Flamenco
The sun gathers her skirts
          pinks and purples.
Her song over  
          she steps off the stage.
Blinding brightness
          shafts of light
          cling to the end of her dance.
A magnificent spectacle
          Her beauty on mute.
She throws her arms into the air,
smiles,
And darkness follows.
         


Monday, April 16, 2018

A Found Poem Using Psalm 91



 In my previous two blogs for the month of April about poetry, I gave two suggestions: trying your hand with a “found poem” and imitating a favorite poem or poet by copying one example and substituting its form with your own words to practice “writing a better poem.”

To illustrate how a found poem works, I took a favorite Psalm from the Bible and did the following:
1.     I copied words, phrases, or verses from the psalm that I really loved unto a sheet of paper, one example per line, then I cut them into movable pieces with a pair of scissors.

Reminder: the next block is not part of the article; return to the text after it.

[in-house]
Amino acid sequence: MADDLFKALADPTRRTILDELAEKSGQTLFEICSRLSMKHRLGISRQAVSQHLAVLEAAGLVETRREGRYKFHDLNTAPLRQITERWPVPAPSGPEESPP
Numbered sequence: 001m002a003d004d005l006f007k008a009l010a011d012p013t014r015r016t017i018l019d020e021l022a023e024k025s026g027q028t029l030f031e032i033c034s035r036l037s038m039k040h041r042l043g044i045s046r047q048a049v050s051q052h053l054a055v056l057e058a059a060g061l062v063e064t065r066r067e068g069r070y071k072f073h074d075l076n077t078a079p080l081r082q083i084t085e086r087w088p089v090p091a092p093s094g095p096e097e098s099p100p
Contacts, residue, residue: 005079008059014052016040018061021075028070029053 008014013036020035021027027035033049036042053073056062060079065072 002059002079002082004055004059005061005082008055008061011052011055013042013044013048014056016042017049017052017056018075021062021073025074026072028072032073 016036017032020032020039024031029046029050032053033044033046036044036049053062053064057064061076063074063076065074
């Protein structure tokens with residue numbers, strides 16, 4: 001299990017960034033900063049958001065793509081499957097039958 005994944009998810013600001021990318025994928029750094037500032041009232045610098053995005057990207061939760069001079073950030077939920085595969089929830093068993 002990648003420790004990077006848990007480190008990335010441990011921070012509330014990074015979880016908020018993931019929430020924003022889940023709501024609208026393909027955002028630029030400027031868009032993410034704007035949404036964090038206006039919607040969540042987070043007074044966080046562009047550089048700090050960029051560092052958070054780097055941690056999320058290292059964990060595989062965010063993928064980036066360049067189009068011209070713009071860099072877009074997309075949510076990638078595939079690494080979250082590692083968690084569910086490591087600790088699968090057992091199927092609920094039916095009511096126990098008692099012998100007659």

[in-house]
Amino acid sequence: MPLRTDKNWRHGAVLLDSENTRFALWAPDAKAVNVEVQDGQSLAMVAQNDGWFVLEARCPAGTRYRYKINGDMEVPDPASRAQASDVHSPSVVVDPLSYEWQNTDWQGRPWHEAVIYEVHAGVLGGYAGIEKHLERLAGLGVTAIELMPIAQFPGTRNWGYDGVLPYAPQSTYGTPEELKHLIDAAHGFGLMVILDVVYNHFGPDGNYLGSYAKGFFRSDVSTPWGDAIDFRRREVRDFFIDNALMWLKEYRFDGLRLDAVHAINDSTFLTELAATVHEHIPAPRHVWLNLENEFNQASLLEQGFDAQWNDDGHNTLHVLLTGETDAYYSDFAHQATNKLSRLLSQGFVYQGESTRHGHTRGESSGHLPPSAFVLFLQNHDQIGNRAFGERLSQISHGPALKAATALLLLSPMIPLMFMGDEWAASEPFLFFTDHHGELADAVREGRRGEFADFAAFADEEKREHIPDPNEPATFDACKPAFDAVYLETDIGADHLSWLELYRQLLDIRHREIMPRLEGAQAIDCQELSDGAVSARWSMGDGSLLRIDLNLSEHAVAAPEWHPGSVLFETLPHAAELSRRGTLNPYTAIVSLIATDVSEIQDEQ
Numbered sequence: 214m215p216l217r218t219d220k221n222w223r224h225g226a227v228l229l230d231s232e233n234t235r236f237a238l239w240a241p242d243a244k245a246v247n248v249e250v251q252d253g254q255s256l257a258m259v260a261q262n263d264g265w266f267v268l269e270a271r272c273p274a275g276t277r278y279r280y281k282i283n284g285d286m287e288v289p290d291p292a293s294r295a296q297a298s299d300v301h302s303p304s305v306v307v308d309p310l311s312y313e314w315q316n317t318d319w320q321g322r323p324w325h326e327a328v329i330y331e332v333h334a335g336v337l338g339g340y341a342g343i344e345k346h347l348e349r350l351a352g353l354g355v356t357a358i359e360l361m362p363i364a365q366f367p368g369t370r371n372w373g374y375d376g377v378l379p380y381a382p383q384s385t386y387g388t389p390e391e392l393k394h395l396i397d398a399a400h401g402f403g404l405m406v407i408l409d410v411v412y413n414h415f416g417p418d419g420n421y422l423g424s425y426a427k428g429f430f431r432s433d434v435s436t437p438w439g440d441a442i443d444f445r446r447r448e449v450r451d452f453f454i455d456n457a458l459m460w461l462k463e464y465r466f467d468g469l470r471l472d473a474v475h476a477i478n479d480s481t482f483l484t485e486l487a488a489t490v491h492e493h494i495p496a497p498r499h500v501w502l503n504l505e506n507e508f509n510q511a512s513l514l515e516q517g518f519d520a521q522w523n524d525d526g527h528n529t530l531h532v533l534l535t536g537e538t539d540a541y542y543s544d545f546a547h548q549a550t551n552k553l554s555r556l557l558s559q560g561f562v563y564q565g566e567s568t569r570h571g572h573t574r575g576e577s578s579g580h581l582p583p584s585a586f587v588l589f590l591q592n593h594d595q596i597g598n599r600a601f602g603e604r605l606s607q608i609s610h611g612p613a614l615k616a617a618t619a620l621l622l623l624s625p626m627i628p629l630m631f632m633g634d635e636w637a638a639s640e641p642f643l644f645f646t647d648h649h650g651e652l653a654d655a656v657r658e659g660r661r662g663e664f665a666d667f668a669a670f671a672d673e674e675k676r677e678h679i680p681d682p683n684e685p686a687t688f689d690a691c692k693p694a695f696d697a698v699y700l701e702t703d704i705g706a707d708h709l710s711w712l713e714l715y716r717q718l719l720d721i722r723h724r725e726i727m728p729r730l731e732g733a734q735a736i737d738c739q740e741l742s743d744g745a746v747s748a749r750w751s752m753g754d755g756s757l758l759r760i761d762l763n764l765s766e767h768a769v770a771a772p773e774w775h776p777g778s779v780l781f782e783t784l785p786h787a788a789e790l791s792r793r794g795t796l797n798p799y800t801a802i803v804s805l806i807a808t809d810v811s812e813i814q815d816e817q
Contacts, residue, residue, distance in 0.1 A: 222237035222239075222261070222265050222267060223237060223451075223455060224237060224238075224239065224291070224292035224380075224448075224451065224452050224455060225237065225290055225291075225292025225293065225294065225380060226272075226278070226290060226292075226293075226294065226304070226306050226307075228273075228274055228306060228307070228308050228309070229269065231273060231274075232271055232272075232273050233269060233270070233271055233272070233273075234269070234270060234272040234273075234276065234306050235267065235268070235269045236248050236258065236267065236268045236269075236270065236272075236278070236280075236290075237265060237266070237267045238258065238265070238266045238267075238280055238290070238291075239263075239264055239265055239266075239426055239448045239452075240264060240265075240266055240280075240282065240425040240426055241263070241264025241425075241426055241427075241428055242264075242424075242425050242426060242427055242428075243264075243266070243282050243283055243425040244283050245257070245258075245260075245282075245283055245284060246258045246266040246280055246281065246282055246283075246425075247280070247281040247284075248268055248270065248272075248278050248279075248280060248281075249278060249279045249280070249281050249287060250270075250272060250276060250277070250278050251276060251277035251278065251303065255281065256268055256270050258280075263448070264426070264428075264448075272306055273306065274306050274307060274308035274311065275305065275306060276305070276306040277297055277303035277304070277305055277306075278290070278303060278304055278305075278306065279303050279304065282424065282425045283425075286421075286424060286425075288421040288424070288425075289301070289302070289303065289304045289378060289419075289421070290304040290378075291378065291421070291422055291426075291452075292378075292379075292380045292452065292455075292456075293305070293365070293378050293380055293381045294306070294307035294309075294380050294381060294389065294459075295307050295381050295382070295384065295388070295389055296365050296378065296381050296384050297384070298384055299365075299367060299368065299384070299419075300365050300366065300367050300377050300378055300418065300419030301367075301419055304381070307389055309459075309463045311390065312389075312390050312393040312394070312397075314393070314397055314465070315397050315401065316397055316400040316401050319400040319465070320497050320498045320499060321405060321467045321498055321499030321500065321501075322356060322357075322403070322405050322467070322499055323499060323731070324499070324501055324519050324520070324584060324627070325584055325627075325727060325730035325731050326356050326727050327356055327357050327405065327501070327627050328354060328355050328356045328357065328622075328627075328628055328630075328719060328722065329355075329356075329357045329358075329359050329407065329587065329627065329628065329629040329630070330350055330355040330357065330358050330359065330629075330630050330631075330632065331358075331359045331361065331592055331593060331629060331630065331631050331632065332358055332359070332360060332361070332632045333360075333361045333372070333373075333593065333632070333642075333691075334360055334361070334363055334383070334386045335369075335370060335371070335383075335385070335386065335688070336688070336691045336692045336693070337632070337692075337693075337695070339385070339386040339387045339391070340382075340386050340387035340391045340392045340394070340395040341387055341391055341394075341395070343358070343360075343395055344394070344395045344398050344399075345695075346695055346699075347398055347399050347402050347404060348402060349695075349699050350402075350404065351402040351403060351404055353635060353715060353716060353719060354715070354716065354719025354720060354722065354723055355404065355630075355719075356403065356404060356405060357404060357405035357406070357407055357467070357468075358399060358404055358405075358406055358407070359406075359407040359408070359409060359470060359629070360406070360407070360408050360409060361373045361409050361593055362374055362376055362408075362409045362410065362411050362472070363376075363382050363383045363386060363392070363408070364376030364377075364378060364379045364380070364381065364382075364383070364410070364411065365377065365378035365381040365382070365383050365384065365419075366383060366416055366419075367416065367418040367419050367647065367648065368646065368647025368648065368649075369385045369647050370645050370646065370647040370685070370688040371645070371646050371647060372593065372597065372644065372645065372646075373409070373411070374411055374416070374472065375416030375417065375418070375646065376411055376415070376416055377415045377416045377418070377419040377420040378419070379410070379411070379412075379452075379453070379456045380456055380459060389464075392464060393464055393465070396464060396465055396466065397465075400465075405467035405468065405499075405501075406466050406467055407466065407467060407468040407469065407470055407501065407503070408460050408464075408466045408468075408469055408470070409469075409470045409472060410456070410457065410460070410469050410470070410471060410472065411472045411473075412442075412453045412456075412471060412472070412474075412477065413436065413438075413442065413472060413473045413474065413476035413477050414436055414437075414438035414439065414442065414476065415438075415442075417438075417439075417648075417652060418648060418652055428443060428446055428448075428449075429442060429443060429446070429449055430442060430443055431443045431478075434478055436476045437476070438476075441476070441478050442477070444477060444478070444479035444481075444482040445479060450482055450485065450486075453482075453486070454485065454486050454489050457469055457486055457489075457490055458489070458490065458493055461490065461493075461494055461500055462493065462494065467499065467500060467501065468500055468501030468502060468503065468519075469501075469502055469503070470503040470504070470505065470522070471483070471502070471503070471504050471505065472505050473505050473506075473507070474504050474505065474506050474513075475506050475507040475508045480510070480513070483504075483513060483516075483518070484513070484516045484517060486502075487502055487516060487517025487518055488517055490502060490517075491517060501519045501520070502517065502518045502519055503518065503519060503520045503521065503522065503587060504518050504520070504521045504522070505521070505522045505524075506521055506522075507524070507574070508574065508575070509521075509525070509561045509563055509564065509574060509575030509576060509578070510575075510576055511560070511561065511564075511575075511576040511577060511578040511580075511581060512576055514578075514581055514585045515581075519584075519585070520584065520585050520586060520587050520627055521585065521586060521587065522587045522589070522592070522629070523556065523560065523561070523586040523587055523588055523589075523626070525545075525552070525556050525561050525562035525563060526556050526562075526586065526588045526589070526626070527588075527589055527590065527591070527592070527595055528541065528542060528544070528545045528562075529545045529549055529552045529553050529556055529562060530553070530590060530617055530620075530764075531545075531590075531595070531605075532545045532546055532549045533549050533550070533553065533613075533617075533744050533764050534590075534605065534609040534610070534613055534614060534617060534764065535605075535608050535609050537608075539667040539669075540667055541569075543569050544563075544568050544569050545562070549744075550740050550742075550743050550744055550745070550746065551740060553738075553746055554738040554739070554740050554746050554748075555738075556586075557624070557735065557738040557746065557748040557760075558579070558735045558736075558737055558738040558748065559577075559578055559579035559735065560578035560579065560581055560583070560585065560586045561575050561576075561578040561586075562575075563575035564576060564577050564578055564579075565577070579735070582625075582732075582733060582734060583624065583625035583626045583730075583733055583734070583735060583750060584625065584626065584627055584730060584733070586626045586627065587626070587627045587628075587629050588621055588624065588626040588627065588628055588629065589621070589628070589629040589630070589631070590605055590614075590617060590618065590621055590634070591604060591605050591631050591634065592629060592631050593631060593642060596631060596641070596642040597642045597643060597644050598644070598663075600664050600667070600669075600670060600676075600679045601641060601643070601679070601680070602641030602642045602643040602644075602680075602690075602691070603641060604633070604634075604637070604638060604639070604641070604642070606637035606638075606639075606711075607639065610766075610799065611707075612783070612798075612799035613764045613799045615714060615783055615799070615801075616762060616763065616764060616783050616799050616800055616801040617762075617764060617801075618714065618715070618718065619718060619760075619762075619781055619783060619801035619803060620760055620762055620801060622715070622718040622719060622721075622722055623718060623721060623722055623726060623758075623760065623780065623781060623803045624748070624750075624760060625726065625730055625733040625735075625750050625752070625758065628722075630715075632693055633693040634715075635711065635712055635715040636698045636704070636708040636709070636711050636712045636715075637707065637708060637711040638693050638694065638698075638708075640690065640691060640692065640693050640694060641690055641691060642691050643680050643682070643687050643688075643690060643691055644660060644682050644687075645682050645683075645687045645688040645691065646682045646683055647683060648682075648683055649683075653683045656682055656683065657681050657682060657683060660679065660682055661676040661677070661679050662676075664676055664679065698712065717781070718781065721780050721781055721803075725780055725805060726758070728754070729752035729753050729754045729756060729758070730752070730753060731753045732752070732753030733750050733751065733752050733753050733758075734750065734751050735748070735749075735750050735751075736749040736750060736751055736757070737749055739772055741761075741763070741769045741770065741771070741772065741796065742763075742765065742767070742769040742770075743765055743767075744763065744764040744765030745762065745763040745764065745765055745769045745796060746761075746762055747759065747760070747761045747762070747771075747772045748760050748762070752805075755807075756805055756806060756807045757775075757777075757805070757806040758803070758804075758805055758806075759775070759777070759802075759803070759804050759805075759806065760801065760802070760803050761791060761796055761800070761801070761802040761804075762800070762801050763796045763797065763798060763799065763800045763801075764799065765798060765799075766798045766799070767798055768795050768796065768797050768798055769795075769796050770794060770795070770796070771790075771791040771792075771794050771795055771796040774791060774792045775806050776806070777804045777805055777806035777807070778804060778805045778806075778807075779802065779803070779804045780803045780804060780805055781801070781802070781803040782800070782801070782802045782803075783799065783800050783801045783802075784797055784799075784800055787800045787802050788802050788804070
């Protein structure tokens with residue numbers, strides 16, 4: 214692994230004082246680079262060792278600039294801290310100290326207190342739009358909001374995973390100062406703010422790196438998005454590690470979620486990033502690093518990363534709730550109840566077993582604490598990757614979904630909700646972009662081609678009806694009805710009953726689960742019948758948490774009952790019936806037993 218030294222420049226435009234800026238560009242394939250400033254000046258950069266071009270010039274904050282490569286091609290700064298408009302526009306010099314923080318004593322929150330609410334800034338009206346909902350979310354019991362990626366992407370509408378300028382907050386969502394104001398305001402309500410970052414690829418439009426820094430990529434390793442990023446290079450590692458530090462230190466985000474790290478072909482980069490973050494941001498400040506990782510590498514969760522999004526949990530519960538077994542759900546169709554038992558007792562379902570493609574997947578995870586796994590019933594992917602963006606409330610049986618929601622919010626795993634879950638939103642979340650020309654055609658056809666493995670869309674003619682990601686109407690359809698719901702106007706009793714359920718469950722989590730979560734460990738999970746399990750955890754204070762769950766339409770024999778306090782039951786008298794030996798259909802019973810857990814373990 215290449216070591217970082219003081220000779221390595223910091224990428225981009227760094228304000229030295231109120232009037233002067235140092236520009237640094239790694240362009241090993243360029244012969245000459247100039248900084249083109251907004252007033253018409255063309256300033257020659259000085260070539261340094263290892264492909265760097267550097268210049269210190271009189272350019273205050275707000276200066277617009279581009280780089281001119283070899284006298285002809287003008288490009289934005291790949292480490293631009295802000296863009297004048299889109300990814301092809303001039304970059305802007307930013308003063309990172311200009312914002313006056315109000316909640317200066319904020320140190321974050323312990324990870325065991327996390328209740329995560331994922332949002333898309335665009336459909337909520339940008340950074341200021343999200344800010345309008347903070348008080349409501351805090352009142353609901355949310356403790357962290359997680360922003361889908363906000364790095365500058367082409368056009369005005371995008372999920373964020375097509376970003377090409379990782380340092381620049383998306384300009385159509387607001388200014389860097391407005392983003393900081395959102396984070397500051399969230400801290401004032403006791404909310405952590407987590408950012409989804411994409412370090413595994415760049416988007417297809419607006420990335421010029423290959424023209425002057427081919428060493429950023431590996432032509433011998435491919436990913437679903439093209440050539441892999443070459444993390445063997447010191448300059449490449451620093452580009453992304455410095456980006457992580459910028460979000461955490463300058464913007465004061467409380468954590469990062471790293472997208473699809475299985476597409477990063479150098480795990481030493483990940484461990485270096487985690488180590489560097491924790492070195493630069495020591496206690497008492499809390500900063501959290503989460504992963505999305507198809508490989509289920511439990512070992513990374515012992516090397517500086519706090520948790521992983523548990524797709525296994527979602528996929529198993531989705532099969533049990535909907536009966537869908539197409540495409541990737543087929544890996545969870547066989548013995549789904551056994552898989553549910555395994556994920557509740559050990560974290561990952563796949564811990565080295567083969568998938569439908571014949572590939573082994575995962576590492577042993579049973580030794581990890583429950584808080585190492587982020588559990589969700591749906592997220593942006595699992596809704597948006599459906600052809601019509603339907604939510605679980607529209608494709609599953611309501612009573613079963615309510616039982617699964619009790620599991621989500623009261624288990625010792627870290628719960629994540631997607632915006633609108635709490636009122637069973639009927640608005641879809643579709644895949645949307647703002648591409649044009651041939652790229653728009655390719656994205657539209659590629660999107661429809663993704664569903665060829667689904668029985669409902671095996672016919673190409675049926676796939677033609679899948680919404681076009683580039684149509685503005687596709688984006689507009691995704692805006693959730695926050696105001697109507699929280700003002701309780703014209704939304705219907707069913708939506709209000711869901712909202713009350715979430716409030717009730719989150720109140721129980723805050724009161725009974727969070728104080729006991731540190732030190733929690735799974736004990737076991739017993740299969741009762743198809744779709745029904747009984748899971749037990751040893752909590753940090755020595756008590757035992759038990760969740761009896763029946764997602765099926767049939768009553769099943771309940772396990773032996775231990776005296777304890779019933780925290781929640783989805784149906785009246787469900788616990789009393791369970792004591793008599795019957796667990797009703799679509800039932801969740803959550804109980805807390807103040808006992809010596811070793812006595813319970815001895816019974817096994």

2.    In a found poem, you are not allowed to add or change ANYTHING; you can only work with the words, phrases, or verses you have chosen. You cannot punctuate differently or add punctuation where it might be needed, but you can repeat words, phrases, or verses to create a refrain or make transitions or to emphasize images.  It will look very “modern.”
3.    I took my bits of paper and moved them into different positions, paring phrases down to single words if necessary and creating line breaks where I wanted.   
It is always best to show an example so below is my version of Psalm 91. I hope it inspires you to try your hand at a found poem. Happy April is Poetry Month!

Psalm 91: I Will Be With You
I will protect those who know my name
You will not fear the terror of the night